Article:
Sunday, April 7, 2013
Draped Neckline Top: PASS
I usually think I'm right. Except, of course, when I'm not. I try to recognize when I'm wrong in enough time to gracefully accept the fact and move on. I began working on this attitude adjustment in the second grade after I spent an entire walk home from school arguing to my friends that "butt" is absolutely spelled with one "t." (Sadly, Homophones Weakly was not yet in existence.)
I've had a lot of practice in humility and grace since then, but remain oddly stubborn on things like sizing. Fitting experts and sewing instructors advise women, especially busty ones, to select a shirt and dress size based on high bust measurement. (This is taken around the chest, just above the bust.) My high bust measures 34 inches, so I should make a size 12. For years I've made a size 14 based on my full bust and hip measurements. Two measurements matching are better than none, right?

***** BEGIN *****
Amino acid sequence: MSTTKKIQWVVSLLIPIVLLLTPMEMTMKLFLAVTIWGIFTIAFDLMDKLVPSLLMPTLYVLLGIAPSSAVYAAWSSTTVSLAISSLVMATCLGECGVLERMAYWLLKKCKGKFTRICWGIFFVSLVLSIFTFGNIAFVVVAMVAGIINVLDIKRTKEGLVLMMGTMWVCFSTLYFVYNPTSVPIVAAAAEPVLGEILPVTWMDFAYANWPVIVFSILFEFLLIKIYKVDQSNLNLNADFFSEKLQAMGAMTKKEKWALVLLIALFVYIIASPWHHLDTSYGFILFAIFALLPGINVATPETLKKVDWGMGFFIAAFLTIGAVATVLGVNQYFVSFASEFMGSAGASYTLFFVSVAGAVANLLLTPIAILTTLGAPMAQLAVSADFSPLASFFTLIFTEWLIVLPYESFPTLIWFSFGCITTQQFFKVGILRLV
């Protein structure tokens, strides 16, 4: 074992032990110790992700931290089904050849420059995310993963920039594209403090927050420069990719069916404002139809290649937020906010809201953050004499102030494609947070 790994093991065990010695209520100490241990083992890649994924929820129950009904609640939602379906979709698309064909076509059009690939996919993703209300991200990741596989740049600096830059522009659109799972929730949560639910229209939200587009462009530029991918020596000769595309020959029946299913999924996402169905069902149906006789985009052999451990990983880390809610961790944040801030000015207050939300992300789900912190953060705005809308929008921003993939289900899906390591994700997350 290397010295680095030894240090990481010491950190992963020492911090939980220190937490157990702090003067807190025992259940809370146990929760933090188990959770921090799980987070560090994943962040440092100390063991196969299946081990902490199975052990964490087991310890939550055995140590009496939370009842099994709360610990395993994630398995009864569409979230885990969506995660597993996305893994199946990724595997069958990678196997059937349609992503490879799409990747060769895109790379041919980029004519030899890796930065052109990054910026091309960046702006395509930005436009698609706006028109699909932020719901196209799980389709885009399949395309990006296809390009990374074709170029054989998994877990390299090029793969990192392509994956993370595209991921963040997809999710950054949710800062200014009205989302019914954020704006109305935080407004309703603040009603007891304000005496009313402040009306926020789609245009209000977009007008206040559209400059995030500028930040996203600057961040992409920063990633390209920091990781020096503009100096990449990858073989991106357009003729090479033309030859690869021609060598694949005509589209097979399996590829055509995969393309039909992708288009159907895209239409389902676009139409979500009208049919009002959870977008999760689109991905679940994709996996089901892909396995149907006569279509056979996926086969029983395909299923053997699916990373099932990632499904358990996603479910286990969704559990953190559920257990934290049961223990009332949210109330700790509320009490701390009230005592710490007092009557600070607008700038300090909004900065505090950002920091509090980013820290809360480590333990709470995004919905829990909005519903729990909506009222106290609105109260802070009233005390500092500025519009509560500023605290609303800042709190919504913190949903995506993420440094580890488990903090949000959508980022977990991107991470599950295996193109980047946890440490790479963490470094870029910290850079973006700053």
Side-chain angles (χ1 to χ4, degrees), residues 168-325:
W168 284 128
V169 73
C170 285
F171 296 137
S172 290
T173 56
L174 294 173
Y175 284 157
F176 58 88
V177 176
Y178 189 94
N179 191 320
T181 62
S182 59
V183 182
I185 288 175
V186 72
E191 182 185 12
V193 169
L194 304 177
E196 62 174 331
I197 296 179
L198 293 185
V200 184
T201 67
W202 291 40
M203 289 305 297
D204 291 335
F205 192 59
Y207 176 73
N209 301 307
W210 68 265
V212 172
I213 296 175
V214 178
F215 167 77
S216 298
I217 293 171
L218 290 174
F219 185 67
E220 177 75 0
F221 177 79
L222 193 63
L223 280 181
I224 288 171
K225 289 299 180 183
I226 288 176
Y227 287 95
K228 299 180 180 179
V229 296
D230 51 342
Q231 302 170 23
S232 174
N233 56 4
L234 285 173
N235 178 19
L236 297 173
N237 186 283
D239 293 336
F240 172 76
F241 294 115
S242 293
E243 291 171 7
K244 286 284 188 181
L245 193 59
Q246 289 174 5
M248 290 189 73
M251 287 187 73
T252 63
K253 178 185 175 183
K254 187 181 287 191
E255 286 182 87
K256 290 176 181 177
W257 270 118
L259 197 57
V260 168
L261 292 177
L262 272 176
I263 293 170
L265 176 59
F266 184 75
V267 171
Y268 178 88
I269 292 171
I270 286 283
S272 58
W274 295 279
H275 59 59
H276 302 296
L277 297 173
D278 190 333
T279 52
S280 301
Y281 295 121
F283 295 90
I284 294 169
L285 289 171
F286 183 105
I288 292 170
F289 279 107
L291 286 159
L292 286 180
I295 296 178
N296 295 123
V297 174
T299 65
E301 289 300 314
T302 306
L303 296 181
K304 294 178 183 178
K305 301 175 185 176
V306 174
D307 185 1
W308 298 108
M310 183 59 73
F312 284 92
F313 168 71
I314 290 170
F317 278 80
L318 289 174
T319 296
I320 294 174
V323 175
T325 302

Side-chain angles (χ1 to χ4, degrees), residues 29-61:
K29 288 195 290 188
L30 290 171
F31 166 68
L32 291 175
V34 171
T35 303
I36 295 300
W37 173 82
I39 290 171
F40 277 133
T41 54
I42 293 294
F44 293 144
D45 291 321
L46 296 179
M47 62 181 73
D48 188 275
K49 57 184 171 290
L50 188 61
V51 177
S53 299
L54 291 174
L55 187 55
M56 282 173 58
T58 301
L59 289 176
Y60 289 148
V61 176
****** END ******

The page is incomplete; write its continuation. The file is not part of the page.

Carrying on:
And this is why it's good to write a sewing blog. Because in reviewing my projects, and seeing the same fitting issues over and over, I started to think maybe I should follow the fitting experts' advice. For McCall's M6612 (view A, shortened to shirt length), I decided to cut a 12 and see how it turned out.
Of course it worked wonderfully. The fit is lovely with no drooping shoulders or excess fabric at the back neckline. Since it's a knit, I didn't bother with a full bust adjustment. I stabilized all the seams with clear elastic and used Steam-A-Seam for a non-wobbly hem.
My reward for admitting I was wrong is a cute new work shirt and the promise of better fitting clothes in the years to come. It makes me wonder, though. Has anyone else been making the wrong size out of stubbornness (or fear of full bust adjustments)? Or held onto another completely wrong belief just because they were certain they were right? Do tell!